Peshawar, 16 December 1989
The crowd was huge, and some of them even had tickets. Many took advantage of the general spirit of friendliness and sat anywhere they could. It is easy to see why the forefathers of the security men at Peshawar could not control the Khyber Pass. Amid the confusion, a legend was born there 20 years ago.
He was 16, had almost curly hair, curiosity in his eyes, and steel in his wrists. His treatment of Abdul Qadir is part of folklore now. Sachin Tendulkar played only because it was not an official one-day match, and Kapil Dev was nursing a stiff neck. At that stage there was no plan to play Tendulkar in the one-day tournament at all. But after that he couldn't be denied.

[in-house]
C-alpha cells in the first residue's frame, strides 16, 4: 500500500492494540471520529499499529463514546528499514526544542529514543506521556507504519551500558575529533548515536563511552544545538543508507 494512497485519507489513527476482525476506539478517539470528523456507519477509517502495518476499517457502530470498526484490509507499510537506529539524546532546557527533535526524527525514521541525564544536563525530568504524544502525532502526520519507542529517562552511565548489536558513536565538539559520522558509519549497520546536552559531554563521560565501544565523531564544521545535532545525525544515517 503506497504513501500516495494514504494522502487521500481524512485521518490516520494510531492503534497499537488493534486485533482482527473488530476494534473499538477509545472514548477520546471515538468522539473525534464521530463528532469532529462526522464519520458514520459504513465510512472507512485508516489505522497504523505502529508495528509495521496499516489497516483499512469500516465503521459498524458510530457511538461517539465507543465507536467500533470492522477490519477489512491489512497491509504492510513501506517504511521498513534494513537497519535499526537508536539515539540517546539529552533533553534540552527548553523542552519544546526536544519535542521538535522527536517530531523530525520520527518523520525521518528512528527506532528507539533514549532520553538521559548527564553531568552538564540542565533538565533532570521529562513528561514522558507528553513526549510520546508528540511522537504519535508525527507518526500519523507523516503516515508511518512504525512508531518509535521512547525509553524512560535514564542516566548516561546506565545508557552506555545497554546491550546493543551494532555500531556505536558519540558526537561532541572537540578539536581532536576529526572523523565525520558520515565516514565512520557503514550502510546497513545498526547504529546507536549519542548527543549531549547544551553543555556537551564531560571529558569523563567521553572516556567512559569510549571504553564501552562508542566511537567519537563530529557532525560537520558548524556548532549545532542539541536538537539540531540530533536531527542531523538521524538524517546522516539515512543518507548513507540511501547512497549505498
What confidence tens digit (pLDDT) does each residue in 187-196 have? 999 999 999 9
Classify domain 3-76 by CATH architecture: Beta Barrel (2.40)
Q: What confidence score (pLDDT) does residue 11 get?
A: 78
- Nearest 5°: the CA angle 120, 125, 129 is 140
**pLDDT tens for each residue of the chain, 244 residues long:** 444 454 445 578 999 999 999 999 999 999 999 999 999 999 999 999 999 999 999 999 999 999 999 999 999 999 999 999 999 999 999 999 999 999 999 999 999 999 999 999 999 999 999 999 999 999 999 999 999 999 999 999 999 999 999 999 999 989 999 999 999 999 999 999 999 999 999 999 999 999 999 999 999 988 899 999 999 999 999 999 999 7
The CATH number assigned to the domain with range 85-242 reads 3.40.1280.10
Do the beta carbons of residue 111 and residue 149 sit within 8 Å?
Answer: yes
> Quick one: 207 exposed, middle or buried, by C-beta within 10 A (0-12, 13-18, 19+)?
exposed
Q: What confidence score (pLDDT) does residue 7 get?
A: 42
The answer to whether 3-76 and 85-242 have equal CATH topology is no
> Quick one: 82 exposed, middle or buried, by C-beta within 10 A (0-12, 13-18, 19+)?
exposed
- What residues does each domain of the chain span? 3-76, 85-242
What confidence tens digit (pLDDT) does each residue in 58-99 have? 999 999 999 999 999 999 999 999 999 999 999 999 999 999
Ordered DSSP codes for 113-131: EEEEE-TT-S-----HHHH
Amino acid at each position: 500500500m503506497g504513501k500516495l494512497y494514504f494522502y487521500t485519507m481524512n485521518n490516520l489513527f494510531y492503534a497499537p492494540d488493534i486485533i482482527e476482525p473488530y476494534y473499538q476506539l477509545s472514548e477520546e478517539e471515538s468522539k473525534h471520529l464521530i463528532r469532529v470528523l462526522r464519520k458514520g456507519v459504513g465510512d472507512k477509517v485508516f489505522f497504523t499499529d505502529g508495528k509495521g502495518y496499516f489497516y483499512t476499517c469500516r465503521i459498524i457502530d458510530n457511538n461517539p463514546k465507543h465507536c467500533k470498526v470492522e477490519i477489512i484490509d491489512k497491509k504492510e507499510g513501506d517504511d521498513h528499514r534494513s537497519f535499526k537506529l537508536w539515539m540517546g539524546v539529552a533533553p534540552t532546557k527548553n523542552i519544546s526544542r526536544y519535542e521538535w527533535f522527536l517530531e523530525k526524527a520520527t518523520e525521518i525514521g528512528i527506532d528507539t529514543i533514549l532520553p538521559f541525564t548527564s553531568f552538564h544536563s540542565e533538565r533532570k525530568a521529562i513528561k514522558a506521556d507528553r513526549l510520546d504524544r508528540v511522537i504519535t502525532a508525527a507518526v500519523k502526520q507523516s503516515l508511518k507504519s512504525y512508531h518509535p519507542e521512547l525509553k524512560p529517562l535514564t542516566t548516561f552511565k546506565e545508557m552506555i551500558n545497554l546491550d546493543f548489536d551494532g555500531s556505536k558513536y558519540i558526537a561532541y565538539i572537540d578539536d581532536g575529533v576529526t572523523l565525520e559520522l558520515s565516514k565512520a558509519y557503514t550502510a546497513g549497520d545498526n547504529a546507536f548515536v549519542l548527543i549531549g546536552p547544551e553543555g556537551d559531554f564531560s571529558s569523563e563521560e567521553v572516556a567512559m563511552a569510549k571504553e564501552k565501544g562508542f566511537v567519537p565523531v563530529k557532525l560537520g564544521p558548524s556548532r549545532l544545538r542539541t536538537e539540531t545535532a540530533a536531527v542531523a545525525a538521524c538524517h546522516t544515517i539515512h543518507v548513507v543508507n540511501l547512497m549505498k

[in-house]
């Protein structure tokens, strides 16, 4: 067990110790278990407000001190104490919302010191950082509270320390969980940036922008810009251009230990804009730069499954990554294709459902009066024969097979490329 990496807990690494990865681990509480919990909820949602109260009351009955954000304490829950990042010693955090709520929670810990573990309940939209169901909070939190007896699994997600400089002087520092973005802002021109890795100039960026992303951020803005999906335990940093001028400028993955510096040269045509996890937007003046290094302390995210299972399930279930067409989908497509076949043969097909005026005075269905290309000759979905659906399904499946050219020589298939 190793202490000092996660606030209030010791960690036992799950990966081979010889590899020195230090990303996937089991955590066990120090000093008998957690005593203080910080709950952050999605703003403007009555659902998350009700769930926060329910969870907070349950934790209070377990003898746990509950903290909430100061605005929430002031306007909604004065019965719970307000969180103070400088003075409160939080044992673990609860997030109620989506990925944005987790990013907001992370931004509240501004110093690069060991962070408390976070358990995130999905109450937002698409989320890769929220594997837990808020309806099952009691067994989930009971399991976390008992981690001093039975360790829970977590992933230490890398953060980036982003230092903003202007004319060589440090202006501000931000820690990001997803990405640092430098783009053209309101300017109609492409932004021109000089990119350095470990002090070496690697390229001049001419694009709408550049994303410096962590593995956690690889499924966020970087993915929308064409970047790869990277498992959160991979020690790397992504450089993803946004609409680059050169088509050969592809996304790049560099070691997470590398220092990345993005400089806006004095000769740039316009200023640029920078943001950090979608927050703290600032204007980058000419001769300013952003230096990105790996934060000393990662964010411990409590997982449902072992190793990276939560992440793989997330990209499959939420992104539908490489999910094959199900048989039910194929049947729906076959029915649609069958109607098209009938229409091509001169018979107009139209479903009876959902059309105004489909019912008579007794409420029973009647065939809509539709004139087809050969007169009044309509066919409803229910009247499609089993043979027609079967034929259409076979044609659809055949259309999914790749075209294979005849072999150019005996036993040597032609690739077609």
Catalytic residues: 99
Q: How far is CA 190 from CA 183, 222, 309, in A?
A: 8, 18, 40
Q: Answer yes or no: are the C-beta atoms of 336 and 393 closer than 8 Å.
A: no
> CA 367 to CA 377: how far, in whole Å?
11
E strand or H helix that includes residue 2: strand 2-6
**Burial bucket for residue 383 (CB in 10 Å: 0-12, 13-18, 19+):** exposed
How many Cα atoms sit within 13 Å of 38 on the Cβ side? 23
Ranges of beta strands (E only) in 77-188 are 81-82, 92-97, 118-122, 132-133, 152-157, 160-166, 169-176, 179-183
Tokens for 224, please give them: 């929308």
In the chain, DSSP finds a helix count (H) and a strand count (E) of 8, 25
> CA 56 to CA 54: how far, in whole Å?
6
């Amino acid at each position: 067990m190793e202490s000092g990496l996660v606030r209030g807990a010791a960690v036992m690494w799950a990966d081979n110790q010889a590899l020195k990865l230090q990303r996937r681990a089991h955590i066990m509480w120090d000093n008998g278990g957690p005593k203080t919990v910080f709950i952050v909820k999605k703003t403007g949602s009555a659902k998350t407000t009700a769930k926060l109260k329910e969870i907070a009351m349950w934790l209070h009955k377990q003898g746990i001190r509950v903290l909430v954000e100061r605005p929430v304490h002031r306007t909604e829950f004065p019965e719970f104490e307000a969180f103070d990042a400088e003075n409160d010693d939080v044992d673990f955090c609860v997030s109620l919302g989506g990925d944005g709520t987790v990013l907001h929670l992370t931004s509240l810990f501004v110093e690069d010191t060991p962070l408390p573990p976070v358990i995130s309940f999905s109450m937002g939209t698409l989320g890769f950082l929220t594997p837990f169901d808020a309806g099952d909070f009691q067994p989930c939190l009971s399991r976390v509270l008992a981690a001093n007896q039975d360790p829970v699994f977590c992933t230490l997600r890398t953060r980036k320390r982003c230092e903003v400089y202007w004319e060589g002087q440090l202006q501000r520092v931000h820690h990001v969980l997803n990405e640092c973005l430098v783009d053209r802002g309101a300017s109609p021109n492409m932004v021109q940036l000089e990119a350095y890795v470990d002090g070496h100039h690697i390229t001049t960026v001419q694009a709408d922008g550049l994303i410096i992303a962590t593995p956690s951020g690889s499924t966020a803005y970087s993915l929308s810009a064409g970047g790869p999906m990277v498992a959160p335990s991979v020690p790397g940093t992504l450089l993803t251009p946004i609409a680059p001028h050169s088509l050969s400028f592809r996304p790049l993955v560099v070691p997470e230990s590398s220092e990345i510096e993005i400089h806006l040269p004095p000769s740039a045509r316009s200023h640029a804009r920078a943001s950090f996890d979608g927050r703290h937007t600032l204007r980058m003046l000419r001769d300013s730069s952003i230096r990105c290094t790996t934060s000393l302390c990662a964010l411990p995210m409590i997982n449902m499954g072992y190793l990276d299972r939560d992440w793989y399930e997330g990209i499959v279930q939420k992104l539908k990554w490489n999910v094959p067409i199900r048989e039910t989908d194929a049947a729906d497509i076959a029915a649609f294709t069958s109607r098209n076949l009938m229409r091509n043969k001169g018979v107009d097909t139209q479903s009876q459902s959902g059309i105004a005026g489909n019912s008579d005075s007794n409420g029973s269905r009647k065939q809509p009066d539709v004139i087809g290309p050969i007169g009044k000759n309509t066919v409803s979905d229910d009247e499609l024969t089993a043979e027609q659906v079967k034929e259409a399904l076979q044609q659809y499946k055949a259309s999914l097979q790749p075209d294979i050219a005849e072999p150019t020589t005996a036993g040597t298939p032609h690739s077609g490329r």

Eighteen deliveries changed everything. In that time he made 53 (unbeaten), hitting Mushtaq Ahmed for two huge sixes, and then Abdul Qadir for 27 runs in a single over, with three sixes in a row. There was no wild slogging. When Qadir dropped one short as Tendulkar stepped out, the batsman had the arrogance to go through with his shot anyway. The bat made a lovely arc, and for all we know the ball is still travelling - no one could find it.
At the other end was the captain, Kris Srikkanth, no slouch himself. Later that evening he said, referring to the one-day series, "The little bugger must play now." The little bugger has been playing ever since.